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Stranger in a Strange Land Book Review July 3, 2010

Posted by vorpalkeith in book review.
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This is a cross-post from the forum for the Comic Book Outsiders. Their current book club selection is Stranger in a Strange Land, and I had enough of a response that I thought it was worth sharing.
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Let me preface this by saying that I really like Robert A. Heinlein. His is some of the most enjoyable science fiction that I’ve ever read.

That said though, I did not like this book. I was okay with about the first 2/3rds of it, but the last third was really dull, grating, and irritating to me. In some ways I hated it (the only other Heinlein story I had this reaction to was Farnham’s Freehold, which actually touched upon some of the same ideas – maybe I’m a prude when it comes to cannibalism?)

I was with it when they were discussing the differences between human and Martian culture. I dug the vague descriptions of the Martians themselves, and their powers. I was definitely with it when Mike was on the run from the government, still trying to survive in a world he couldn’t fathom. That’s good stuff there . . .

And then the orgy based religion. I think any time that you get to the point in a story where your main character forms a cult with himself as the godhead, you’ve jumped rails.

And it was definitely a cult. Members lived together in one big group marriage, separated from outside societal influence and under the guidance of a single ultra-charismatic leader who can do no wrong because only he holds the special knowledge they all seek. Knowledge wasn’t given freely, you had to move through a series of harder and harder “circles” to gain “enlightenment”. And how do you advance through these circles? By having sex with the cult leader, by gum! Orgies and a lot of neat phrases about how cool and bright and hippie awesome everything is abound.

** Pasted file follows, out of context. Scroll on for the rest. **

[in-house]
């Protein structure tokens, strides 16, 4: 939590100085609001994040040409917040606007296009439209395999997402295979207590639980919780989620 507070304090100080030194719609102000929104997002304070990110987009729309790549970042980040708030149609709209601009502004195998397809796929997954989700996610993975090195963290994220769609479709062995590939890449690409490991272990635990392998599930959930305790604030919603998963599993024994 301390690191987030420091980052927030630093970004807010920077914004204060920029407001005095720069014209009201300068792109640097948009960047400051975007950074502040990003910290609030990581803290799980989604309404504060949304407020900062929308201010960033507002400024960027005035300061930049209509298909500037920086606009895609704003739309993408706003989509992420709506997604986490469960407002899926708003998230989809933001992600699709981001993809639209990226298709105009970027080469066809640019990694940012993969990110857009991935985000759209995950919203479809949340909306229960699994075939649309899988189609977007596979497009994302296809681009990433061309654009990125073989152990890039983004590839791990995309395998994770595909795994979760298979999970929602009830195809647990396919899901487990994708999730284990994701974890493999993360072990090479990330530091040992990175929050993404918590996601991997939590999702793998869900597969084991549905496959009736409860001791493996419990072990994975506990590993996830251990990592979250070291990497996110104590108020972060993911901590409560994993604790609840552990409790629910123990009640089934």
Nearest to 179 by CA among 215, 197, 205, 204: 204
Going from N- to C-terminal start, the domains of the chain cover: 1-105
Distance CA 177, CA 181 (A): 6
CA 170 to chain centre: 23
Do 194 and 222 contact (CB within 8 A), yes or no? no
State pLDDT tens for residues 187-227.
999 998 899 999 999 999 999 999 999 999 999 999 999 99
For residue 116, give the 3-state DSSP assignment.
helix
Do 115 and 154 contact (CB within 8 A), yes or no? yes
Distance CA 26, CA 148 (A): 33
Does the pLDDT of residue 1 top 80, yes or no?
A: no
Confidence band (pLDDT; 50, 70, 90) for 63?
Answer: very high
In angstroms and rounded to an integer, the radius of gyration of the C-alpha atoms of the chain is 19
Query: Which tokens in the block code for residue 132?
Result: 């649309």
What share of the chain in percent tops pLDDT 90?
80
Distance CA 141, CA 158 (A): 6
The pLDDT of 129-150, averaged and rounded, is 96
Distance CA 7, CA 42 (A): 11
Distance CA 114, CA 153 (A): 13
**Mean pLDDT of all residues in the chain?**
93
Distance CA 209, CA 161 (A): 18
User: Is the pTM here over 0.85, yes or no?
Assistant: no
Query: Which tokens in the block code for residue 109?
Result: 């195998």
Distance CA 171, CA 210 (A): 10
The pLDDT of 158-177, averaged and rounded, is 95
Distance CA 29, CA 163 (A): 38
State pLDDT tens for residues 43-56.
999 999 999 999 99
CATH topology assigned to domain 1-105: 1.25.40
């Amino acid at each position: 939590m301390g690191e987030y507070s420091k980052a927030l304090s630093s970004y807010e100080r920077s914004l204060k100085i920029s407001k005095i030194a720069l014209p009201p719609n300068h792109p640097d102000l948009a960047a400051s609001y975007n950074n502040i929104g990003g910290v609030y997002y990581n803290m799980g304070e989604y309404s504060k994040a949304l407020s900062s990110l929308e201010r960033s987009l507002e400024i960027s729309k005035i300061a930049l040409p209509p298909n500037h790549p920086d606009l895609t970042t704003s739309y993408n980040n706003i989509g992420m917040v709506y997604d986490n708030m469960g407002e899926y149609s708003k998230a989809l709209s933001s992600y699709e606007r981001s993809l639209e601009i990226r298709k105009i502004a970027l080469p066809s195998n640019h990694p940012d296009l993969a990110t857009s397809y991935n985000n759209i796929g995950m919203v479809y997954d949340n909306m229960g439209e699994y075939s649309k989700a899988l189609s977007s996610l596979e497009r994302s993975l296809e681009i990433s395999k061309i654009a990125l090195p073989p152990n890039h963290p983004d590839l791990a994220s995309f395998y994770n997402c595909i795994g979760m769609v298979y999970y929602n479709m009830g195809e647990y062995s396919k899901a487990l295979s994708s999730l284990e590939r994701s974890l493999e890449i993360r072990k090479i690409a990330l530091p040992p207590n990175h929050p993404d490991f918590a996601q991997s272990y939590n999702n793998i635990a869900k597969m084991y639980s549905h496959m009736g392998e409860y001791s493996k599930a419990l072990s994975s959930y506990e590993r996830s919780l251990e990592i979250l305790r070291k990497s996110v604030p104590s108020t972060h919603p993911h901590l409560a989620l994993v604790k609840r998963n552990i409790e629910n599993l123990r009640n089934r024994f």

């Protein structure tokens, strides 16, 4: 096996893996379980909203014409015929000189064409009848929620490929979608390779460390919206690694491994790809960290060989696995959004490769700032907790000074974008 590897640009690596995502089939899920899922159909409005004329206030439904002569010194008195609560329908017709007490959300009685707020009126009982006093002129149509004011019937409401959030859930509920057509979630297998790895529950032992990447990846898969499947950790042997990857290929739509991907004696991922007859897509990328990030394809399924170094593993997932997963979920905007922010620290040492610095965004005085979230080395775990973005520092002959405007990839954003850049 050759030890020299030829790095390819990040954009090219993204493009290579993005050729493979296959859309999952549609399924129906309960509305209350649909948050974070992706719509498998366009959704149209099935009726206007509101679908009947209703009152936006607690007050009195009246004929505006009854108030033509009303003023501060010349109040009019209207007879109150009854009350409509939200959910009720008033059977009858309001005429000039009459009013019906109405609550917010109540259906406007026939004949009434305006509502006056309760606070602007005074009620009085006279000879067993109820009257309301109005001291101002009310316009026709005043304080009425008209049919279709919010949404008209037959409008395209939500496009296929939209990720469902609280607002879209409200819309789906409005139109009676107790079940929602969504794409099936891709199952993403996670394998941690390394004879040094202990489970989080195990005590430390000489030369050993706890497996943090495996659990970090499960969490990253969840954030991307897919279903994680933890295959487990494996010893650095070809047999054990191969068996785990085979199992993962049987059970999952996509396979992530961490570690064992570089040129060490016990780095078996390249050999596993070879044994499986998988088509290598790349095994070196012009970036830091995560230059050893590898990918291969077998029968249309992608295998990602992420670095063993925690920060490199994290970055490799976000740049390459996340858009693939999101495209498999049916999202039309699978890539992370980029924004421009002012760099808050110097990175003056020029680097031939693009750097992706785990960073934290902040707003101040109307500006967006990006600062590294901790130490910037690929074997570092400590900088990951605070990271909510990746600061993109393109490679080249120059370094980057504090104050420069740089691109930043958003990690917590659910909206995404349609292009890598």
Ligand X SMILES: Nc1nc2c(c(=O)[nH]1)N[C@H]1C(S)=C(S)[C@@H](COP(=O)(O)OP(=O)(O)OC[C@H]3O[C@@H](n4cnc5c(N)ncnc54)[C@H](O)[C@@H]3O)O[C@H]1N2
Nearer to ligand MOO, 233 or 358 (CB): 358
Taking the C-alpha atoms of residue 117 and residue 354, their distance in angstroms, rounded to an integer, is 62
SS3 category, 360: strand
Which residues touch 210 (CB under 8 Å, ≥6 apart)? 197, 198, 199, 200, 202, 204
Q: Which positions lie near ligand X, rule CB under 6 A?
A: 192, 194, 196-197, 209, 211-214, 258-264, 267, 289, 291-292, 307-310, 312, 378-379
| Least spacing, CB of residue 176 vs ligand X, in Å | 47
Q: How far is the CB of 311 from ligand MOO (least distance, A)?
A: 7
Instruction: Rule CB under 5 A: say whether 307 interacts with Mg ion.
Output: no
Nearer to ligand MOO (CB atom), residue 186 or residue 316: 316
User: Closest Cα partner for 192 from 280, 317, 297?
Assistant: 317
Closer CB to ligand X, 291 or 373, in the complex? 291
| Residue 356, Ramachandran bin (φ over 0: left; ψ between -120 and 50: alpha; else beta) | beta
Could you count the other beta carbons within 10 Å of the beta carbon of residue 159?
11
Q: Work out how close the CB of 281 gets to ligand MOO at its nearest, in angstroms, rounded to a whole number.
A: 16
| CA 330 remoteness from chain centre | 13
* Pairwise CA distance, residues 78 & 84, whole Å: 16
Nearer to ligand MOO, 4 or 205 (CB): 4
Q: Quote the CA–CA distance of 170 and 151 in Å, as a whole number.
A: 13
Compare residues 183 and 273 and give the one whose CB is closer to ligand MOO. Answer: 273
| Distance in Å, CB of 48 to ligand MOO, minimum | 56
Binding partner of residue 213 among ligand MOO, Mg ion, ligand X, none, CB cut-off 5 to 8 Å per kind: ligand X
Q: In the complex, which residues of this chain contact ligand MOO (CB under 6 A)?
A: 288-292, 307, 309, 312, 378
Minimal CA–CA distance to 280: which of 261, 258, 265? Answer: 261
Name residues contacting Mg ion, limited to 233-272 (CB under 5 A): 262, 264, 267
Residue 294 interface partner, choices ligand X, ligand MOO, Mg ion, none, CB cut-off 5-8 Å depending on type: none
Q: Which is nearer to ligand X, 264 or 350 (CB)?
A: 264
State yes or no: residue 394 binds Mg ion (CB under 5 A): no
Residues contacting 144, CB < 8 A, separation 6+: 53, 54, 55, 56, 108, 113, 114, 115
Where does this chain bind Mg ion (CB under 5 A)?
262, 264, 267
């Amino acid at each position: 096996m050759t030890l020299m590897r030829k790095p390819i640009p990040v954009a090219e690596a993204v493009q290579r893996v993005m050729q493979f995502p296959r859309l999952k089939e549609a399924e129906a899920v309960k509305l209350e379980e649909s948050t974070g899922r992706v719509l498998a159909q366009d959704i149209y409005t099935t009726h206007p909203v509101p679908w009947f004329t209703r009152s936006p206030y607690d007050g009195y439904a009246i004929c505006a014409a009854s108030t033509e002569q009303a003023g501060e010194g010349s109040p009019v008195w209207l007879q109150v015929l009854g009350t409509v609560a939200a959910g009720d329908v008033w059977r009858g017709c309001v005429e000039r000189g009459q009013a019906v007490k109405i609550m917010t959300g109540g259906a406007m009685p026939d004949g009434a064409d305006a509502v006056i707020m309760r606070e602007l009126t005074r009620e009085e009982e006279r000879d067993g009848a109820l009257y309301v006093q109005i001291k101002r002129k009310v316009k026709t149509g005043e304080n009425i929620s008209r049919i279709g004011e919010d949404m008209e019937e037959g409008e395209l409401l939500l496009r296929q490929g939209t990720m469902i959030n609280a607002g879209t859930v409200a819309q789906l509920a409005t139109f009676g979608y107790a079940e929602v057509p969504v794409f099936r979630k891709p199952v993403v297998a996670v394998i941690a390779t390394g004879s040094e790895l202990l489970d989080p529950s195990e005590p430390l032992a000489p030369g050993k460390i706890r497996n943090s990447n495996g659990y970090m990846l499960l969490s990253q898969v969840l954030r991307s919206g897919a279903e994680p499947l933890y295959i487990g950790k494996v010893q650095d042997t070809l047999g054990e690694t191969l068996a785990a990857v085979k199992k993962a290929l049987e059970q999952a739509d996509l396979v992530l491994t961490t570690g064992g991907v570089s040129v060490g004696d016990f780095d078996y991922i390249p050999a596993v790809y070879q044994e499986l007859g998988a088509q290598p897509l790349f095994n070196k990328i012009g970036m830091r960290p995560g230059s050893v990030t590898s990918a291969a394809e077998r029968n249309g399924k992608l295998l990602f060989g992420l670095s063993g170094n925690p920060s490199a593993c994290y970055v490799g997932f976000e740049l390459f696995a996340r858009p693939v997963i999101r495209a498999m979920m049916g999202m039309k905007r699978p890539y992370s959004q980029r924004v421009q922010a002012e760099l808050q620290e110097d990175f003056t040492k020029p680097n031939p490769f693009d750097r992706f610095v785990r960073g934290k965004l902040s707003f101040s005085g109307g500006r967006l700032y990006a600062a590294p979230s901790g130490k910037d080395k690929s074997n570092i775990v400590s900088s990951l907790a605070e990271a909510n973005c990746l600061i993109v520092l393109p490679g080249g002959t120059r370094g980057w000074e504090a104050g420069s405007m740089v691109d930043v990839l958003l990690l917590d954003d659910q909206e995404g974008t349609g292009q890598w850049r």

Plus the cannibalism. Sure, sure, I get it it, it’s Martian and different. But I AM a prude when it comes to that.

I understand that maybe Heinlein had intended this to be a critique of religion, and if so I rescind my statements. I don’t think so though, because the book was held up as such an example of how to truly live by the New Age movement that the satire was either completely missed, or not there in the first place.

I loathe the solipsism of the movement in the story. It was only about hedonistic self-indulgence. Nothing was wrong, so go ahead and do whatever feels good (sounds vaguely of how people get sold on Satanism, all I’m saying). The problem with that idea is that if nothing is wrong, then nothing can actually be RIGHT, and, as my philosophy professor used to say, then you can’t get out of bed in the morning.

Valentine Michael Smith couldn’t be a hero because he didn’t STAND for anything. I guess I’d just rather read stories that have heroes.

All of that isn’t even the main problem with the movement in the book though. Any of that I can forgive in a story, but this is meant to be science fiction, and I think at the heart of science fiction is a certain amount of humanism. The problem here is that all of the characters we’re supposed to care about, to prove their value, give up everything that makes them human. Everything but sex. That seems to be the only thing humanity has that is of any value in the end of this story.

Maybe I missed the point . . .

Ultimately, I’d have much rather read a book set entirely on this vision of Mars. Those Martians were interesting sounding and I’d have loved to have spent time with them.

I still really like Heinlein though. The Moon is a Harsh Mistress, Citizen of the Galaxy, Starship Troopers, Glory Road, The Puppet Masters – now those are some cracker books!

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